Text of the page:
And so we come to the song included. With Coogan’s previous projects being massive hits, there was presumably a lot of expectation of Ferrino following that trend. Thus a tie in album was produced. Released in February of ‘97, it did not trouble the top 40 (I can’t find it’s highest placing) and soon vanished from the shelves of all good stockists. I picked up my copy from my local late, lamented second hand record shop near the turn of the millennium for over twice the price I paid for the video – that’s inflation for you. As the entire character concept seemed to have grown out of Coogan’s ability to bang out this kind of pop tune and (perhaps) some level of love for that musical style, the music on there reflects these tendencies. Like the show that inspired them, the album Phenomenon is not particularly gag heavy, though does feature the occasional piece of lyrical amusement; The Valley of Our Souls’ repeated refrain of “Our Souls,” amuses my puerile mind (say it out loud if you don’t get it); the claim to have “whored my way across Asia/With Sacha Distel” is one of many comical celebrity slanders in What Is Life?; the voice of the object of Tony’s affection in Lap Dancing Lady still elicits a mild smirk from me. There are some pretty much devoid of mirth too – the all too faithful cover of Tom Jones’ Help Yourself contains one joke that’s not terribly funny and Silence of The Lambs, an ode to Hannibal Lecter, seemed dated even then. I would say that Short Term Affair is one of the more amusing, which is a merciful blessing s something without Björk wouldn’t have been as interesting to you.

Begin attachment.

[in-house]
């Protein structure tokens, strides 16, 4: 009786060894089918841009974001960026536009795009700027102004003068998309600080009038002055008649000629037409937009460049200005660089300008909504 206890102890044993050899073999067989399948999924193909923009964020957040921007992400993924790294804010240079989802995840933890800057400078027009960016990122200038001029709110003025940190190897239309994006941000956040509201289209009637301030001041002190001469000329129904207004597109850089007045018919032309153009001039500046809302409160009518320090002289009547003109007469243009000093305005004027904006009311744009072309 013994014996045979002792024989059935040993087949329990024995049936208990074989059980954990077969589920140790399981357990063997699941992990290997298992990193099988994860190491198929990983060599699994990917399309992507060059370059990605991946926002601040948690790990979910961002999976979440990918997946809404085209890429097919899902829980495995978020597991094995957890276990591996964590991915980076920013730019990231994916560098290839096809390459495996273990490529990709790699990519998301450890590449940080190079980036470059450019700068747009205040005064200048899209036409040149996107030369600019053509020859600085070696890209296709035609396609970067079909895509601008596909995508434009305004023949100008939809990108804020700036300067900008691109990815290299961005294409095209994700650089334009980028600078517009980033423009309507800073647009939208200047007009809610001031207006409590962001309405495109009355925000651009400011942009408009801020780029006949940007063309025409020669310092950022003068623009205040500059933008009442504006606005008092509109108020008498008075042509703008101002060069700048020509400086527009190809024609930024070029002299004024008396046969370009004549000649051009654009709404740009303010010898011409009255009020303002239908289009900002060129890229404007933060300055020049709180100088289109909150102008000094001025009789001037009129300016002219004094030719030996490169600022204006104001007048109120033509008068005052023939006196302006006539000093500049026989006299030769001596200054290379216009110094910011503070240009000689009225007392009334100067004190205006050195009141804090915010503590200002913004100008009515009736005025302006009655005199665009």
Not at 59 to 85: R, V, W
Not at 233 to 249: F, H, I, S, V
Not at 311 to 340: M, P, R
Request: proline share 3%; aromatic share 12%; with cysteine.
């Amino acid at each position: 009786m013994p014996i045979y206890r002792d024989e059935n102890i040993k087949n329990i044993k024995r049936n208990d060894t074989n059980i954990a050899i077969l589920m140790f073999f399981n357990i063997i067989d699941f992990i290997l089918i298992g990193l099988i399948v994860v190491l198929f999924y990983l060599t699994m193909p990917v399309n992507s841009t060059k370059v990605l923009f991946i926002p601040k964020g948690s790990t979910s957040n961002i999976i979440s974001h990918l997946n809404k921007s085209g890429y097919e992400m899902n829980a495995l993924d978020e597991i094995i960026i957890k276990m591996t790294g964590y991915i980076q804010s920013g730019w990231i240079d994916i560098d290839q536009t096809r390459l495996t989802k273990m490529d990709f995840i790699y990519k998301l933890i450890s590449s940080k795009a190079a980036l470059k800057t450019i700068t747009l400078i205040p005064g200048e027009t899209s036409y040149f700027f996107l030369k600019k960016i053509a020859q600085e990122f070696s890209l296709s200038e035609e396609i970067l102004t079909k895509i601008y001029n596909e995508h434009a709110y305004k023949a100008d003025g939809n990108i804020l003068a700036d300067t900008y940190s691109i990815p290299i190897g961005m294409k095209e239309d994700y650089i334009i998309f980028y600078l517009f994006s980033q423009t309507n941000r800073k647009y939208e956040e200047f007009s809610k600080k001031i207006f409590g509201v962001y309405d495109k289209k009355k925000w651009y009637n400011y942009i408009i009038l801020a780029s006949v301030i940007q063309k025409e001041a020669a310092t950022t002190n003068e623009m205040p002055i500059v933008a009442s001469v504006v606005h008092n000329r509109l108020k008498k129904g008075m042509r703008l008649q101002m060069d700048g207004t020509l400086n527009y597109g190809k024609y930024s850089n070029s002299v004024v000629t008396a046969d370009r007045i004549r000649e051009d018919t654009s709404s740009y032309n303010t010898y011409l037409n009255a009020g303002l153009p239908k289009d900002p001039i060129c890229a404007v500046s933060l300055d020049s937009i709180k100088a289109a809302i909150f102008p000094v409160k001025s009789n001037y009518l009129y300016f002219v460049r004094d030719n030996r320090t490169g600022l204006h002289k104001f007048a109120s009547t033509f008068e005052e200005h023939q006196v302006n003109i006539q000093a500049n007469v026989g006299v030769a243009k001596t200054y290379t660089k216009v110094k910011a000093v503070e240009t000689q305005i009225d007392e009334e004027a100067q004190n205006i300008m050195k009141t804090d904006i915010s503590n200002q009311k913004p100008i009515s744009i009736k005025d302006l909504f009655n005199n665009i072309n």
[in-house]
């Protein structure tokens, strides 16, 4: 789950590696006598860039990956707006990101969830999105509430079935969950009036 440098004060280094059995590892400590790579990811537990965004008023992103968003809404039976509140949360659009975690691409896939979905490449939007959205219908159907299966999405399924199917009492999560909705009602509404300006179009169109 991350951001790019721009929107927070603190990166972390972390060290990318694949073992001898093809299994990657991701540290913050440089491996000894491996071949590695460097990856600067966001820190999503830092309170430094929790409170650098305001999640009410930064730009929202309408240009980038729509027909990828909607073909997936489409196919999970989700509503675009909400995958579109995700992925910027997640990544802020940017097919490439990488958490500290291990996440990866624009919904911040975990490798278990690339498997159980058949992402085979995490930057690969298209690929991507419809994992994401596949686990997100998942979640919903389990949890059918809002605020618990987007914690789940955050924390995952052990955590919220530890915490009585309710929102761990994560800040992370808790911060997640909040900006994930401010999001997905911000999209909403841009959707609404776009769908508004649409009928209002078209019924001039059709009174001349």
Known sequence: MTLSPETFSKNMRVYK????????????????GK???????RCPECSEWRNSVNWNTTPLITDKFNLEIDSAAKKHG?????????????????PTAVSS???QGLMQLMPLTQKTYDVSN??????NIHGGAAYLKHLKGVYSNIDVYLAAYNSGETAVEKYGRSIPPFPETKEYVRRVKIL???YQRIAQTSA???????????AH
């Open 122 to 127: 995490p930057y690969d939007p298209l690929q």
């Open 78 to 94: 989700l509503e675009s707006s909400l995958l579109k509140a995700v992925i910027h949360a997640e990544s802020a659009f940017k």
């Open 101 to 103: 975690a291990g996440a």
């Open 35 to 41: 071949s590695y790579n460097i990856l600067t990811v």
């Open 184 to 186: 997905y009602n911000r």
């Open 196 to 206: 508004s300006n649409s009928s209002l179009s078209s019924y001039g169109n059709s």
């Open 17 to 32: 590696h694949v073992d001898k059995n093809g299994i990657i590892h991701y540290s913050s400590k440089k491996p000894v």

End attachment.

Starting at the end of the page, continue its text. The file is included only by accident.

In the original TV version (I’m going to assume it was recorded before the album was), the au pair’s part was played by Kim Wilde, which intrigues me in light of her having been stung by Chris Morris a few years before. Only a tiny fragment of their interview appears in The Day Today, where Morris asks her what she thinks about the new government measures to clamp the homeless. It’s fairly clear that she’s unaware that she’s involved in a proto-Brass Eye celebrity stitch up, so her later being in on Coogan’s in-character extravaganza makes me wonder whether she’d forgotten his Day Today involvement, disassociated him from Morris’ work or had just been a good sport over the whole thing (not much was used after all and it only showed her as, at worst, being a bit gullible). Who knows, probably only Kim and Steve. Her delivery isn’t quite as impressive as Björk’s – her Englishness and age make her slightly less believable as an au pair, and her closing wails are inevitably far less impressive than the Icelandic piskey’s. The video’s easy enough to find on YouTube, should you be interested in comparing and contrasting.